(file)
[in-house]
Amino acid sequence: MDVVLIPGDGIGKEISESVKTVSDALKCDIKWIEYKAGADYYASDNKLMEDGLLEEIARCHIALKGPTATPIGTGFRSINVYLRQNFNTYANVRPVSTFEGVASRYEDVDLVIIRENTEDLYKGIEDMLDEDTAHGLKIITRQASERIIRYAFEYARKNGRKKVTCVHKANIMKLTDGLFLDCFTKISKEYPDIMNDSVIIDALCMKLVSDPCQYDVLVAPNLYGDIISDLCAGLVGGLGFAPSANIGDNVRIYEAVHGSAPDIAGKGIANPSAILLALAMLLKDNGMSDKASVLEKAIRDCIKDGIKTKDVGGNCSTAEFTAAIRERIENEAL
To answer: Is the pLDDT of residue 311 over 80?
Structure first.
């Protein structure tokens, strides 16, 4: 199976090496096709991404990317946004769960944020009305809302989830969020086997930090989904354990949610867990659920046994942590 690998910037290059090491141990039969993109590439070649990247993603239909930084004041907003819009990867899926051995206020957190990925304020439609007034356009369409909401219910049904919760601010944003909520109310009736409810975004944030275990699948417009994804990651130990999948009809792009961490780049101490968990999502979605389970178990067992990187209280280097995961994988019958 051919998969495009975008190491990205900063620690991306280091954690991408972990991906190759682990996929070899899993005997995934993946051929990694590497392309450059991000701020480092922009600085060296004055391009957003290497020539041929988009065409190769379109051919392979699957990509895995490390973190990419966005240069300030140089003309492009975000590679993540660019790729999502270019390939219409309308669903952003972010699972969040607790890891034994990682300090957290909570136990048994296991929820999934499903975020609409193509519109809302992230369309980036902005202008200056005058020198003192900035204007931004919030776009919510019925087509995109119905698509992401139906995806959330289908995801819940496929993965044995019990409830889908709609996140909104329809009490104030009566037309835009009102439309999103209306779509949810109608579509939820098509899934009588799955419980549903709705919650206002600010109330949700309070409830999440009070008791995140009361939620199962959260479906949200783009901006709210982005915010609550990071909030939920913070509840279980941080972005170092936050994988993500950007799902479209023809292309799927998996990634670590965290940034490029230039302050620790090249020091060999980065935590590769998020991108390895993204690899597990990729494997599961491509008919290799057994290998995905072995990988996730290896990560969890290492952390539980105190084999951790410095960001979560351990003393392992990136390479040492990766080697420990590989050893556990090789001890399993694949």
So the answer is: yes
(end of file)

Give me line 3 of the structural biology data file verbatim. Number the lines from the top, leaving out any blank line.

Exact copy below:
To answer: Is the pLDDT of residue 311 over 80?